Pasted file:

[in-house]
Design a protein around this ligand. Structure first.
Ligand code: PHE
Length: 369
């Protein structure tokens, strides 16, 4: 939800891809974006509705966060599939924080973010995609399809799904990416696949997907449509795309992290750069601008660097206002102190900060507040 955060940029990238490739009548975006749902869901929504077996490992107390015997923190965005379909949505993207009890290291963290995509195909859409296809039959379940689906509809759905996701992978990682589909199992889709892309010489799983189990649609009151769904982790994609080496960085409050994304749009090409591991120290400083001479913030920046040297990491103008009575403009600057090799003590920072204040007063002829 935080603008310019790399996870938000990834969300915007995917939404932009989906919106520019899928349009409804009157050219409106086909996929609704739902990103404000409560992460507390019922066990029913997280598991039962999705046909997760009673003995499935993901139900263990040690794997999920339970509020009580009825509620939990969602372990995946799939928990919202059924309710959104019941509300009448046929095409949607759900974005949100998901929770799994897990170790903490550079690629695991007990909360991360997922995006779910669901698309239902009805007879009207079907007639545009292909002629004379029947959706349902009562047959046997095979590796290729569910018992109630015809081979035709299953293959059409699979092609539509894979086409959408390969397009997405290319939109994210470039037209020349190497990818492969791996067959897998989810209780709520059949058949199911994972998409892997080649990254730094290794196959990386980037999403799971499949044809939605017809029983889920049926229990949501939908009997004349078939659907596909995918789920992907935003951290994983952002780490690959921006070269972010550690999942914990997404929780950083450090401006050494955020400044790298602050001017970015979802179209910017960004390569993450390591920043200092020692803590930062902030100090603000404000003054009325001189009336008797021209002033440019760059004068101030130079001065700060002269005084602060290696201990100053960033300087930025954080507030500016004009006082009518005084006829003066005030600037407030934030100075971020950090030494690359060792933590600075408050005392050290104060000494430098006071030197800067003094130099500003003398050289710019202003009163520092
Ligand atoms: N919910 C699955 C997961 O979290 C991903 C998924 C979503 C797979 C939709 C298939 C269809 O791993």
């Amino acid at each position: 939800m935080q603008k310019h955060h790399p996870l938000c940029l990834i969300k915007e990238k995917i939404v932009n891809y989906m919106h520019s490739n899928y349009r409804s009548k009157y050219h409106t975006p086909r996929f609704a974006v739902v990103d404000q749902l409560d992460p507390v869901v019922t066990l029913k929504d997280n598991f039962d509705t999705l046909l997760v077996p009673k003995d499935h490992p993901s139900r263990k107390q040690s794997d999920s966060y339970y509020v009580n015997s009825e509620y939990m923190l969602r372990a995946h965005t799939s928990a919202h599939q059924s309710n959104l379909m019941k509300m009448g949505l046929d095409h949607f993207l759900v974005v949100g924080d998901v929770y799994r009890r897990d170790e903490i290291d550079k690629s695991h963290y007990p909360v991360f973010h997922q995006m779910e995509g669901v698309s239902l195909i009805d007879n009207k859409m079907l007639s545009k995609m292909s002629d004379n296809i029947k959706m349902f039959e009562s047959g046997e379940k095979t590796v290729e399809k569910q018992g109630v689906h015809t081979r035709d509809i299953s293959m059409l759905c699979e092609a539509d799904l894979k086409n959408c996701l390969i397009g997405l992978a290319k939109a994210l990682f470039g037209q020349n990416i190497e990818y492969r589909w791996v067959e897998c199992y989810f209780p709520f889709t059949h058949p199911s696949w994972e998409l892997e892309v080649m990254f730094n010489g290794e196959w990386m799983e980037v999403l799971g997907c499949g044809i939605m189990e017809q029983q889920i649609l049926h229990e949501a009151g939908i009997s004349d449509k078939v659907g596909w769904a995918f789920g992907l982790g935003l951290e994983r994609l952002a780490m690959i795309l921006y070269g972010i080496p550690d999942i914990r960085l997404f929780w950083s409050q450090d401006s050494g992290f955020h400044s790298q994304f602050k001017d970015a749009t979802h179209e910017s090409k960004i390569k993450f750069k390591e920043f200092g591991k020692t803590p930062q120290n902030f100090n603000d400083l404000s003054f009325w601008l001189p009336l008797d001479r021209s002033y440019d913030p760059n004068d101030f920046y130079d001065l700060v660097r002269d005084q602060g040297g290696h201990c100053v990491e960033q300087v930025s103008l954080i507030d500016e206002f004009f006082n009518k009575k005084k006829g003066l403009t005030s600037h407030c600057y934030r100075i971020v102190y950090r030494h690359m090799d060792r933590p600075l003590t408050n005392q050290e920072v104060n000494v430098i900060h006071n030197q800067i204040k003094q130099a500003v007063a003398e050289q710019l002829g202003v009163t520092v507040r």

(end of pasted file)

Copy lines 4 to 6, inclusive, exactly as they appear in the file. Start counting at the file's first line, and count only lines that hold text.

Length: 369
């Protein structure tokens, strides 16, 4: 939800891809974006509705966060599939924080973010995609399809799904990416696949997907449509795309992290750069601008660097206002102190900060507040 955060940029990238490739009548975006749902869901929504077996490992107390015997923190965005379909949505993207009890290291963290995509195909859409296809039959379940689906509809759905996701992978990682589909199992889709892309010489799983189990649609009151769904982790994609080496960085409050994304749009090409591991120290400083001479913030920046040297990491103008009575403009600057090799003590920072204040007063002829 935080603008310019790399996870938000990834969300915007995917939404932009989906919106520019899928349009409804009157050219409106086909996929609704739902990103404000409560992460507390019922066990029913997280598991039962999705046909997760009673003995499935993901139900263990040690794997999920339970509020009580009825509620939990969602372990995946799939928990919202059924309710959104019941509300009448046929095409949607759900974005949100998901929770799994897990170790903490550079690629695991007990909360991360997922995006779910669901698309239902009805007879009207079907007639545009292909002629004379029947959706349902009562047959046997095979590796290729569910018992109630015809081979035709299953293959059409699979092609539509894979086409959408390969397009997405290319939109994210470039037209020349190497990818492969791996067959897998989810209780709520059949058949199911994972998409892997080649990254730094290794196959990386980037999403799971499949044809939605017809029983889920049926229990949501939908009997004349078939659907596909995918789920992907935003951290994983952002780490690959921006070269972010550690999942914990997404929780950083450090401006050494955020400044790298602050001017970015979802179209910017960004390569993450390591920043200092020692803590930062902030100090603000404000003054009325001189009336008797021209002033440019760059004068101030130079001065700060002269005084602060290696201990100053960033300087930025954080507030500016004009006082009518005084006829003066005030600037407030934030100075971020950090030494690359060792933590600075408050005392050290104060000494430098006071030197800067003094130099500003003398050289710019202003009163520092
Ligand atoms: N919910 C699955 C997961 O979290 C991903 C998924 C979503 C797979 C939709 C298939 C269809 O791993």